This section is a compilation of answers to the questions most commonly asked by potential volunteers. Just start by following one of the links below. If you can’t find the question you wanted to ask, don’t hesitate to contact us.
- What does a CASA Volunteer Do?
- What is the role of a CASA Volunteer?
- How do CASA volunteers investigate a case?
- How are CASA volunteers different from social workers?
- How are CASA volunteers different from attorneys?
- Is there a “typical” CASA volunteer?
- Do lawyers, judges, and social workers support CASA?
- How effective are CASA programs?
- How much time is required to volunteer?
- How long does a CASA volunteer remain involved?
- Are there other agencies or groups providing a similar service?
A Court Appointed Special Advocate (CASA) volunteer is a trained citizen who is appointed by a judge to represent the best interest of a child in court. Children helped by CASA volunteers include those for whom home placement is being determined in family court. All of the children that CASA volunteers work with are victims of abuse and neglect.
A CASA volunteer provides a judge with carefully researched background details about the child to help the court make a sound decision about that child’s future. Each home placement case is as unique as the child involved. The CASA volunteer must determine if the best interest of the child is staying with their parents or guardians, being placed in foster care, or being freed for permanent adoption. The CASA volunteer makes a recommendation on placement to the judge and follows through on the case until it is permanently resolved.
To prepare a recommendation, the CASA volunteer talks with the child, parents, family members, social workers, school officials, health providers and others who are knowledgeable about the child’s history. The CASA volunteer also reviews all records pertaining to the child- school, medical, case worker reports and other documents.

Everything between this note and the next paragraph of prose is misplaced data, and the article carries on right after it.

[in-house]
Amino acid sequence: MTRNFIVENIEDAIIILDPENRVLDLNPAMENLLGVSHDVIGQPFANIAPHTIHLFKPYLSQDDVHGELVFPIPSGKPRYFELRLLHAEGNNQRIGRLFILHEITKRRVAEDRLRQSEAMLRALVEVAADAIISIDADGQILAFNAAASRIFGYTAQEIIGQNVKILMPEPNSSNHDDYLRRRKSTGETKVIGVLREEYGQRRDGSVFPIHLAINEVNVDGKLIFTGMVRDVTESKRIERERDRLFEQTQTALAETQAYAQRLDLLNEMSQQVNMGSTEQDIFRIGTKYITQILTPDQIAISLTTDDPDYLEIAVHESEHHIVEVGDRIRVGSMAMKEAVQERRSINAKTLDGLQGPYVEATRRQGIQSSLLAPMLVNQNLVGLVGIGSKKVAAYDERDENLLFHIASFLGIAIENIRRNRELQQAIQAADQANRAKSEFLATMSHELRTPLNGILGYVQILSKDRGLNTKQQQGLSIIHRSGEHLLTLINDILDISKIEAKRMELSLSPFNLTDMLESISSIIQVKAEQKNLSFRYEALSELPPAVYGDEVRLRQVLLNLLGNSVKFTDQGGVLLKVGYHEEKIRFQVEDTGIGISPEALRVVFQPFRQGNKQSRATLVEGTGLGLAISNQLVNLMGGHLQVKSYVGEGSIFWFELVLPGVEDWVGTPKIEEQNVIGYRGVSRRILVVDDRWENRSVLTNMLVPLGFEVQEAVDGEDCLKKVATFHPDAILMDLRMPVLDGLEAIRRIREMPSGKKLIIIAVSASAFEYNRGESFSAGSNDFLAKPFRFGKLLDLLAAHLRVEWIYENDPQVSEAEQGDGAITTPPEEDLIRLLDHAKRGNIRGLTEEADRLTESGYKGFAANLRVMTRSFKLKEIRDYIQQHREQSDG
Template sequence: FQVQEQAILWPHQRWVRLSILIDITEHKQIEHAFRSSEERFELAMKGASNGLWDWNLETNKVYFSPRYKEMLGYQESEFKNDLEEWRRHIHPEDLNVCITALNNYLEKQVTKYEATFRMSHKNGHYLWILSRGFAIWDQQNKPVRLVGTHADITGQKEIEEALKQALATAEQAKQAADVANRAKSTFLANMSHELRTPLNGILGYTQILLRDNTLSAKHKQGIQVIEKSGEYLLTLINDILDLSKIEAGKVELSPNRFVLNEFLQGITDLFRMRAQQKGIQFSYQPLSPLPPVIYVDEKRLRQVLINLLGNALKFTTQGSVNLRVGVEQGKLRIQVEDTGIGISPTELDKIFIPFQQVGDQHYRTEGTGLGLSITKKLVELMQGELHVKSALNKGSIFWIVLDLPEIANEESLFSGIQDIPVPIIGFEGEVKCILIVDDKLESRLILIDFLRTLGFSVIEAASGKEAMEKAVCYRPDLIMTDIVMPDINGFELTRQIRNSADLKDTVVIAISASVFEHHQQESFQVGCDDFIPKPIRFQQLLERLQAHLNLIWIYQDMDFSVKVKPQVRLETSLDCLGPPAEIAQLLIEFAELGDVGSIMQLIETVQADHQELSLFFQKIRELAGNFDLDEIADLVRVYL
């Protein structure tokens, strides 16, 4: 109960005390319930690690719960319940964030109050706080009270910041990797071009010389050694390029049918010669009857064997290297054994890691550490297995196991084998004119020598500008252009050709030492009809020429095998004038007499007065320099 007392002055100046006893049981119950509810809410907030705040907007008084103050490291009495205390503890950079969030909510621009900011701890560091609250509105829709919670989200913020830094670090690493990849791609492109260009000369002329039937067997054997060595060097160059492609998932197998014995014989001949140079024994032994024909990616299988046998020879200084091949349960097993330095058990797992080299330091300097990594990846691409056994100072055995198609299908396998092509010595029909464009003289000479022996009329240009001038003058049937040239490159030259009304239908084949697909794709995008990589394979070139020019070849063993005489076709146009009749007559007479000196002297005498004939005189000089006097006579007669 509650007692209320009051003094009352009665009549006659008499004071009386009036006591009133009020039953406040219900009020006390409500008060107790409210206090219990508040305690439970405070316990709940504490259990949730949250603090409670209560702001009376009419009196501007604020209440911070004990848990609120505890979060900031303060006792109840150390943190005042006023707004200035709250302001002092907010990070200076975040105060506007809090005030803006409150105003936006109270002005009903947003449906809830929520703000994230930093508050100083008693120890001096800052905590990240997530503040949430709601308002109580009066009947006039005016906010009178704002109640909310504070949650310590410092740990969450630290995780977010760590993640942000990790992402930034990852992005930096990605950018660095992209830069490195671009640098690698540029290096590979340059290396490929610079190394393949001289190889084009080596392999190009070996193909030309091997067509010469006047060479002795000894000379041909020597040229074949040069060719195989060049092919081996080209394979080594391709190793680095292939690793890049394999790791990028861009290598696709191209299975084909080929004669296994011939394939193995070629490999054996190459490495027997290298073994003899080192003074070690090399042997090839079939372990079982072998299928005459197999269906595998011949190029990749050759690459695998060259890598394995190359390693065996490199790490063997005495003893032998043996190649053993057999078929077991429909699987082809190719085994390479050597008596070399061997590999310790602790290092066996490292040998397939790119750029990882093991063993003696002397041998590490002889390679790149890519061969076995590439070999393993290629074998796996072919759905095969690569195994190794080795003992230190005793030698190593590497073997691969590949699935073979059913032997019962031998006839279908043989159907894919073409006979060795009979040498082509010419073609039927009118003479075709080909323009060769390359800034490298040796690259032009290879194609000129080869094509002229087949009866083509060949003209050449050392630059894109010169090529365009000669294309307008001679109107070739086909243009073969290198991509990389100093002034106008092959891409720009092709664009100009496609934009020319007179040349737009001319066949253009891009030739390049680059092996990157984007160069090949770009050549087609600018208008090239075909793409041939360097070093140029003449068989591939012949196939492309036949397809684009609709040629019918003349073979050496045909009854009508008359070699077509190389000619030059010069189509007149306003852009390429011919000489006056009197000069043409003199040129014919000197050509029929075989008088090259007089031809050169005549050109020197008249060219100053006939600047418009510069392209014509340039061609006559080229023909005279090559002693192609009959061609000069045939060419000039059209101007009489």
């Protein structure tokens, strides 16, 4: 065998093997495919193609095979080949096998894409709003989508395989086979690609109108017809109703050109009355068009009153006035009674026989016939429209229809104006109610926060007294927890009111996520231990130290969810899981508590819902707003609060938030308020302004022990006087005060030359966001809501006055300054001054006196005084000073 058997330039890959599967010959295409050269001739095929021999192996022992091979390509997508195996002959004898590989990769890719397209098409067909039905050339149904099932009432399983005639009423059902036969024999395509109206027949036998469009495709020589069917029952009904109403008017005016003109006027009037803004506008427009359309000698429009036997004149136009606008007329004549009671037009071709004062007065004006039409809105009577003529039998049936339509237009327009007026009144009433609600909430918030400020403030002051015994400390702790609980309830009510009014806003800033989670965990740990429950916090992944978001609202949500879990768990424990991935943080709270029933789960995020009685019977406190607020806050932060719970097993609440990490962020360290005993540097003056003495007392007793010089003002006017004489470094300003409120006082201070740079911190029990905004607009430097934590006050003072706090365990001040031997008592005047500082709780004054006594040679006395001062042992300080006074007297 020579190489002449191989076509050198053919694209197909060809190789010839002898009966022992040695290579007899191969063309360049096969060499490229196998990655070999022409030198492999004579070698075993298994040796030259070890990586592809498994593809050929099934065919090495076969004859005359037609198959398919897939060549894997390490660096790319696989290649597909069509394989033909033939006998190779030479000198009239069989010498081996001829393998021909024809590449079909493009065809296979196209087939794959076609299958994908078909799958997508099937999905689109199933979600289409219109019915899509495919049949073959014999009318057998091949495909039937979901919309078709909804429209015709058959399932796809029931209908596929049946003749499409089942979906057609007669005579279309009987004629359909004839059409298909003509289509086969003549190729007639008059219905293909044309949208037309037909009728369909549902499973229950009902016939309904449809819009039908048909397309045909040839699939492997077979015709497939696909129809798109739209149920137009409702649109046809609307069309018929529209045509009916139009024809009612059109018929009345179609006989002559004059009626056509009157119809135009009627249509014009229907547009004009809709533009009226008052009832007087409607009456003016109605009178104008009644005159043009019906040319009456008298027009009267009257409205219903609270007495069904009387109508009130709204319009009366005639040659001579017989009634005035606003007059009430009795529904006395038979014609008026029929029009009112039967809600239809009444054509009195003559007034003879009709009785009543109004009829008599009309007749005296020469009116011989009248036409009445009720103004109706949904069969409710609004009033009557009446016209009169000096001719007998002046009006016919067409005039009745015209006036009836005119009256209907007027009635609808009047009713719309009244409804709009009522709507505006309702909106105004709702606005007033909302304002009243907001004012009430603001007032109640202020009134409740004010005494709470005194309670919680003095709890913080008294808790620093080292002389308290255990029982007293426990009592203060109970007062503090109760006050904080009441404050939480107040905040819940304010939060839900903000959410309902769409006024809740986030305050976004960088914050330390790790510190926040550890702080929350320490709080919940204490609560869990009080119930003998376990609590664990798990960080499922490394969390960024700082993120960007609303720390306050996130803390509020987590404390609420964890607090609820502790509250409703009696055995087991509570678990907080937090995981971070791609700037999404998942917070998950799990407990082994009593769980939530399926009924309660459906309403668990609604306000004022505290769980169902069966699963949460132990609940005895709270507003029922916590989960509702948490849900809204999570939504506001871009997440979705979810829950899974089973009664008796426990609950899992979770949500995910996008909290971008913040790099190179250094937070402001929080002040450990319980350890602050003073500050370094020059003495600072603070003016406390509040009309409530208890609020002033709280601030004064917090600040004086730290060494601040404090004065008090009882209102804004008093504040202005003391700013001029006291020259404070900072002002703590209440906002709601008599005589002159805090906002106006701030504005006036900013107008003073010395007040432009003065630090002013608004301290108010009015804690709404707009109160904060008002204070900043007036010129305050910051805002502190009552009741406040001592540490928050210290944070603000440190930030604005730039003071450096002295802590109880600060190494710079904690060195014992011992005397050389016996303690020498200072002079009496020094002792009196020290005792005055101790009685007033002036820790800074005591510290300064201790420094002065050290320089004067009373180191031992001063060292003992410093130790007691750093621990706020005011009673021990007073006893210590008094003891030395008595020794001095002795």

Social workers generally are employed by state governments sometimes working as many as 60 to 90 cases at a time; they are frequently unable to conduct a comprehensive investigation of each case. The CASA volunteer has more time and a smaller caseload (average of 1-2 cases) to assess a case. The CASA volunteer does not replace a social worker on a case; they are an independent appointee of the court. The CASA volunteer thoroughly examines a child’s case, knows about various community resources and makes recommendations to the court independent of stage agency restrictions.
How are CASA volunteers different from attorneys?
The CASA volunteer does not provide legal representation in the courtroom- that is the role of the attorney. However, the CASA volunteer does provide crucial background information that assists attorneys in presenting their cases.
Is there a “typical” CASA volunteer?
CASA volunteers come from all walks of life and possess a variety of professional, educational and ethnic backgrounds. There are more than 93,000 CASA volunteers nationally. Local programs vary in number of volunteers they utilize.
Do lawyers, judges, and social workers support CASA?
Yes. Juvenile and family court judges implement the CASA program in their courtrooms and appoint volunteers. CASA has been endorsed by the American Bar Association, the National Council of Juvenile and Family Court Judges and the Office of Juvenile Justice and Delinquency Prevention of the U.S Department of Justice.
How effective are CASA programs?
Preliminary findings show that children who have been assigned CASA volunteers tend to spend less time in court and less time in the foster care system than those who do not have CASA representation. Judges have observed that CASA advocated children also have better chances of finding permanent homes.
How much time is required to volunteer?
Each case is different. A CASA volunteer usually spends about 10 hours doing research and conducting interviews prior to the first court appearance. More complicated cases take longer. Once initiated into the system, volunteers work about 10 hours a month.
How long does a CASA volunteer remain involved?
The volunteer continues until the case is permanently resolved. One of the primary benefits of the CASA program is that, unlike other court principals who often rotate cases, the CASA volunteer is a consistent figure in the proceedings and provided continuity for a child.
Are there other agencies or groups providing a similar service?
No. There are other child advocacy organizations, but CASA is the only program where volunteers are appointed by the court to represent a child’s best interests.